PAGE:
Santa Rosa City Councilman Gary Wysocky lost his coveted seat on the powerful Sonoma County Transportation Authority to newcomer Erin Carlstrom Tuesday night. On a 4-2 vote, Carlstrom was appointed by the City Council to replace Wysocky on the 12-member board.
On the day that Susan Gorin will be sworn in as the new Sonoma County 1st District supervisor, her former colleagues on the Santa Rosa City Council will begin the politically delicate task of replacing her. Several key questions facing the council Tuesday will determine how they’ll go about filling the vacancy.
You may have read last week that Councilman Scott Bartley chose to introduce himself as the city’s new mayor by insulting a political critic. Being Santa Rosa, the usual huffing and puffing ensued.
The official election results are in, but who’ll be the next mayor of Santa Rosa remains anyone’s guess.
Once new City Council members Erin Carlstrom and Julie Combs are sworn in Tuesday, the new council’s first order of business will be to select a mayor from their ranks.
It’s usually a predictable decision, with the gavel (and an extra $400 per month) passing to the most experienced member in the majority who has not yet held the post.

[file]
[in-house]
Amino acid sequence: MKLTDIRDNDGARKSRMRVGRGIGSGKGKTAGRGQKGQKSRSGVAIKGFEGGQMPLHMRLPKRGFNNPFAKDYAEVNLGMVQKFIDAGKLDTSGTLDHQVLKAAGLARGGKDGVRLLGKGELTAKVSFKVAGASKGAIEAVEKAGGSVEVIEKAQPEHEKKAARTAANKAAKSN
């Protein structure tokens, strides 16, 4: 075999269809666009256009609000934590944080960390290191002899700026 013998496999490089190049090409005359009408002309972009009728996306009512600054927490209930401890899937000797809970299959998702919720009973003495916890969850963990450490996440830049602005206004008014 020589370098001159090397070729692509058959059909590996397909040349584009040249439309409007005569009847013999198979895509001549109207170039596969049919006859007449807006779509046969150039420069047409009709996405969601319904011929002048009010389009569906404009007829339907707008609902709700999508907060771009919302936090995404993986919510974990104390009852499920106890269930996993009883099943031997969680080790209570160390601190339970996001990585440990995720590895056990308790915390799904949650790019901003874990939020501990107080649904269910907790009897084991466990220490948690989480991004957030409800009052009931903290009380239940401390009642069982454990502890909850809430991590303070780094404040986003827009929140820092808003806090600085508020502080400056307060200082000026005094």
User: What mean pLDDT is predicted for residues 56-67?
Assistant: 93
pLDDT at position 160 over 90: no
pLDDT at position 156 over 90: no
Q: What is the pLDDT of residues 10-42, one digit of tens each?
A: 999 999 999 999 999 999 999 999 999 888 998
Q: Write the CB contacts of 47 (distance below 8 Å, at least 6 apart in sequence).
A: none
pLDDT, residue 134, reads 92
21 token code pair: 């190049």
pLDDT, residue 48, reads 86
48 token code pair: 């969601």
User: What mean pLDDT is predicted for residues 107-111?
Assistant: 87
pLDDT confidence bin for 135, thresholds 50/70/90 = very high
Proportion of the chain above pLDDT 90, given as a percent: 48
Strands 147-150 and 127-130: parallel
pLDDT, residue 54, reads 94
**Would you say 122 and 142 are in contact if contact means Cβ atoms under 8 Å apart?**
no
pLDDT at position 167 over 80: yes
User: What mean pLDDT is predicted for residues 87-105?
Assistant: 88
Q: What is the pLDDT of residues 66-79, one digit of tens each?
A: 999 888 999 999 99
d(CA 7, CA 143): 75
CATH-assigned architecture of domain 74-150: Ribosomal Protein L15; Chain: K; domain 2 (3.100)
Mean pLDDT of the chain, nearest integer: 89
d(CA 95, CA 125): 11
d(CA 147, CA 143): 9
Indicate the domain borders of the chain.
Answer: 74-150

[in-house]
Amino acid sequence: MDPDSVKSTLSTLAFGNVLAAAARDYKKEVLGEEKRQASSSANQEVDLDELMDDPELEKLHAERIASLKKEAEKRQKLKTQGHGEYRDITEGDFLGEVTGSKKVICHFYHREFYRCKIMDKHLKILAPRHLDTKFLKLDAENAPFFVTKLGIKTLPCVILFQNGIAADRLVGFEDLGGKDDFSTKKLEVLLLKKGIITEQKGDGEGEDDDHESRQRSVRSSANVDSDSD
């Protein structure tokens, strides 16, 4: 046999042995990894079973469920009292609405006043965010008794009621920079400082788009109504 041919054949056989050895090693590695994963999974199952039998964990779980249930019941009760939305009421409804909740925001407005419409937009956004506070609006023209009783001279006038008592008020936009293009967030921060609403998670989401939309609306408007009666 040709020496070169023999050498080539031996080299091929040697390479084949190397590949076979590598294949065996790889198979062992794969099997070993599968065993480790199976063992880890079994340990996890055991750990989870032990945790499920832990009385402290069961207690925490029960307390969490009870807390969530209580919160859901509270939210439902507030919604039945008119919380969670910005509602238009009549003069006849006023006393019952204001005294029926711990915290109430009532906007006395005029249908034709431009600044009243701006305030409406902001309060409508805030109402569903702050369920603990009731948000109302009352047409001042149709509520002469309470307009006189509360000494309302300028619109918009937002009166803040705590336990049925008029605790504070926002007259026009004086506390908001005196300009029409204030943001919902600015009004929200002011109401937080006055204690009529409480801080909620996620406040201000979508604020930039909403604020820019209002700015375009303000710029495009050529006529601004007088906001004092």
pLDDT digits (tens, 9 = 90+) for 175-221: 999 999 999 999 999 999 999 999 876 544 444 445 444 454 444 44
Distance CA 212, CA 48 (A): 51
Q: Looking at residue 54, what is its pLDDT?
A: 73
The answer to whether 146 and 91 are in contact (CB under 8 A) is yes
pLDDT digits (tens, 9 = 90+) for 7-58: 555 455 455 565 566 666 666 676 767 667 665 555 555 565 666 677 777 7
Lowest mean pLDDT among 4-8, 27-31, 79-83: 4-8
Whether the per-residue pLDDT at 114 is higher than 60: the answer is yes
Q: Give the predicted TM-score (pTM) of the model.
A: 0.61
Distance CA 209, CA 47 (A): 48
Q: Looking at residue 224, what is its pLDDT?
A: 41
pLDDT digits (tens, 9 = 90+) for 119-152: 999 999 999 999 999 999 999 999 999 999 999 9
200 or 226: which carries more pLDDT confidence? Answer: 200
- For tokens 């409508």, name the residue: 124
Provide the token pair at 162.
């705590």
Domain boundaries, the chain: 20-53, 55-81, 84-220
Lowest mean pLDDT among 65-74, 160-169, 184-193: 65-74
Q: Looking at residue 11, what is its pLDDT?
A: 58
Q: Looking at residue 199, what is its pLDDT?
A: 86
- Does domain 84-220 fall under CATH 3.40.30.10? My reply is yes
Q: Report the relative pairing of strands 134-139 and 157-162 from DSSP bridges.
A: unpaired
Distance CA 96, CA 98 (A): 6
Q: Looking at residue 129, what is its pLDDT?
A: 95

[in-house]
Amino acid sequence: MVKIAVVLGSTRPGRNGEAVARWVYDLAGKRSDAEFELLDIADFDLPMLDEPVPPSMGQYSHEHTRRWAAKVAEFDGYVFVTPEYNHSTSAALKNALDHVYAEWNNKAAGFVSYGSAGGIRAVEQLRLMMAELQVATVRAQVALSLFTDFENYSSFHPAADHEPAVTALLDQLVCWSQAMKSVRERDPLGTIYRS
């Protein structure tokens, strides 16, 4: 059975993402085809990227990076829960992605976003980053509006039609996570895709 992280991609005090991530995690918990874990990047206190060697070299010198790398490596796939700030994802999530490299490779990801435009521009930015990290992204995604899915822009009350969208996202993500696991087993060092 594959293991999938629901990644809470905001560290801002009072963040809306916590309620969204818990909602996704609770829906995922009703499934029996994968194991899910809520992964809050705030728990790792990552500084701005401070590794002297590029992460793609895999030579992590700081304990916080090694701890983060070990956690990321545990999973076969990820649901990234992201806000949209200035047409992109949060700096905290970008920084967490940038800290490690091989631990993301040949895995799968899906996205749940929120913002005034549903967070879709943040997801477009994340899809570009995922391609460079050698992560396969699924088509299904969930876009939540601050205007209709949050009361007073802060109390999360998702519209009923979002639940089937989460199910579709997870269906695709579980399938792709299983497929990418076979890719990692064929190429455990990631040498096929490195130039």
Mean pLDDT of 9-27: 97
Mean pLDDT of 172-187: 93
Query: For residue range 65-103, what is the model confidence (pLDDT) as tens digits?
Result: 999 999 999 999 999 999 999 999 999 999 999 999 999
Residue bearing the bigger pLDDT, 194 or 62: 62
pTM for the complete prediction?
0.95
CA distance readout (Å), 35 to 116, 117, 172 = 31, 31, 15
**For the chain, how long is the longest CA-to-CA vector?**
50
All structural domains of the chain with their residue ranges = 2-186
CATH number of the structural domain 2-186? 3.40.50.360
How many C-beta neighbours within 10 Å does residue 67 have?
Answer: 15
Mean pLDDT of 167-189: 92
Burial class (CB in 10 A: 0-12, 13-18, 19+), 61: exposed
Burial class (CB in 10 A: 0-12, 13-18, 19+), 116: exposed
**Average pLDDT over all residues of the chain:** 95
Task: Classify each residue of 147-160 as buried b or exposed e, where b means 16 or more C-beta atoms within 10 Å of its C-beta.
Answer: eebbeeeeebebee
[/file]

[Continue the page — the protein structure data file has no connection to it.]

But this year all bets are off.
The election of attorney Erin Carlstrom has upended the city’s political apple cart, making the 29-year-old political newcomer the swing vote on the issue and leading to intense speculation about whom she’ll support.
Carlstrom says she’s taking the decision seriously and has been listening closely to a variety of viewpoints.
Mayor Ernesto Olivares and Councilman Gary Wysocky will return to their seats on Santa Rosa’s City Council, joined by two challengers, neighborhood activist Julie Combs and attorney Erin Carlstrom.
As the race for four seats on the Santa Rosa City Council enters the final stretch, political observers are focused less on Mayor Ernesto Olivares and Councilman Gary Wysocky and more on which candidates may ride their coattails into office. Both incumbents are expected to hold onto their seats on the seven-member council, leaving the fight for third and fourth place as the real battleground where the balance of power on the next council will be decided.
Did you read the story recently about the two Santa Rosa City Council candidates, Ernesto Olivares and Erin Carlstrom, who pledged to move beyond their differences and find ways to cooperate? Once upon a time, a pledge to cooperate would have seemed like endorsing motherhood, apple pie and the flag. Who could be against cooperation? But this is Santa Rosa, so the two candidates got slammed.